This quarter in the DSI, we will be teaching the following workshops. They are open to any student, professor, or researcher. If you have any questions, please contact us at digitalscholarship@ucdavis.edu.

 

February 3: 10:30-12:00pm

Minimal Command Line and Git

A hands-on practicum on the U/Linux command line and Git version control during which we’ll learn the basics of getting around using a command line shell and using Git to manage files. No prior experience is necessary. We’ll download all the needed software and get it installed on our machines together, have some directed play on the command line, connect to a remote Git repository, and push a repo and commits to our own, remote Git repositories. We’ll spend very little time talking about what’s under the hood or investing the many powerful tools that Git offers for advanced users. The workshop is a boots-on-the-ground, get your hands dirty practicum designed to get you up and running on your own computer and give you skills necessary to start using command line Git. (Note: if you don’t know what the command line is, you should definitely take this workshop.) No previous programming or Unix command line experience is necessary. This is a hands-on workshop, so participants must bring a laptop on which they have administrative privileges (the ability to install software) to the workshop.

 

February 3: 12:00-1:30pm

Text Mining Fundamentals

This workshop will introduce basic concepts in text mining and Natural Language processing through discussion and hands-on coding of text processing functions that lay the groundwork for nearly all text mining processes. No prior programming experience is necessary to take the workshop; however, familiarity with the command line and Git is a prerequisite. (Participation in the February 3rd workshop from 10:30-12 on command line and Git will prepare you well for this workshop.) We’ll code together as a group, leaving no text-miner behind. Topics covered will include: Word frequency analysis, basic chunking/tokenization, token distribution, and keyword in context (KWIC) analysis. Please come to the workshop with a working R development environment and Git already installed and operational on your system.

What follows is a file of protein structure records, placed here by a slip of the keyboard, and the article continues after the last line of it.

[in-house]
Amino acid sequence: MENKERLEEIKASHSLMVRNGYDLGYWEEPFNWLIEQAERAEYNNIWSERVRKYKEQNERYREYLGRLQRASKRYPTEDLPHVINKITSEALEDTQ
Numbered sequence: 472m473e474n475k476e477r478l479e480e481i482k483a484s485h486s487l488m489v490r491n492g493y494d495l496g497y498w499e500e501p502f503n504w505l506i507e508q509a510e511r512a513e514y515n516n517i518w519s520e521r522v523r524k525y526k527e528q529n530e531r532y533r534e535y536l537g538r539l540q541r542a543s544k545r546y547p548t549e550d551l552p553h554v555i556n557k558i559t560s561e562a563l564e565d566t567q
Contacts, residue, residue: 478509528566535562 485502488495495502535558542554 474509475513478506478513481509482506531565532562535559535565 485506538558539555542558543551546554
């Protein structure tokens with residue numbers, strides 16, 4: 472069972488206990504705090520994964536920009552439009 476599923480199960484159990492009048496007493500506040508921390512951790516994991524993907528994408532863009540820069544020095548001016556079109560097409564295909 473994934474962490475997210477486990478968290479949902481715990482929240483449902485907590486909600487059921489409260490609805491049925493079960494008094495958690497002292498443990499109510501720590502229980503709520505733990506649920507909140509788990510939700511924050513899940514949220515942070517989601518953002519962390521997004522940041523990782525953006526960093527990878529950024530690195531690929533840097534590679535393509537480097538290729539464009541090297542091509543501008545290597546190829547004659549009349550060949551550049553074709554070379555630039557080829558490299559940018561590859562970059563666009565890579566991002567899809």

February 17: 12:00-1:30pm

Natural Language Processing: Text Normalization and Entity Extraction

This hands-on workshop will introduce a collection of basic practices in Natural Language Processing. Topics covered will include: Named entity extraction, part of speech tagging, stemming, and lemmatization. Participants must have some programming experience in R and familiarity with the Unix command line and Git. (Participation in the January 20th workshop on Slash and Burn Command Line and Git and the February 3rd workshop on Text Mining Fundamentals will prepare you well for this workshop.) Please come to the workshop with a working R development environment and Git already installed and operational on your system.

 

March 3: 12:00-1:30pm

Natural Language Processing: Form and Meaning

This workshop will cover two NLP methods for assessing syntactic and semantic complexity and identifying key concepts represented in texts. Specific topics covered will include: hapax richness, author attribution, and Term Frequency-Inverse Document Frequency (TF-IDF) weighting. Participants must have some programming experience in R and familiarity with the Unix command line and Git. (Participation in the January 20th workshop on Slash and Burn Command Line and Git and the February 3rd workshop on Text Mining Fundamentals will prepare you well for this workshop.) Please come to the workshop with a working R development environment and Git already installed and operational on your system.

 

March 10: 12:00-1:30pm

Natural Language Processing: Text Classification

This hands-on workshop will cover the theory and practice of Topic Modeling as a method of untrained text classification. We will run a variety of models on the same corpus, identifying and discussing the function of model parameters and their effect on output. Validation practices will also be discussed. Participants should have moderate experience R and Git. Familiarity with the R “TM” package will be beneficial but is not required. (Participation in the previous four workshops in this series will prepare you well for this workshop.) Please come to the workshop with a working R development environment and Git already installed and operational on your system.

 

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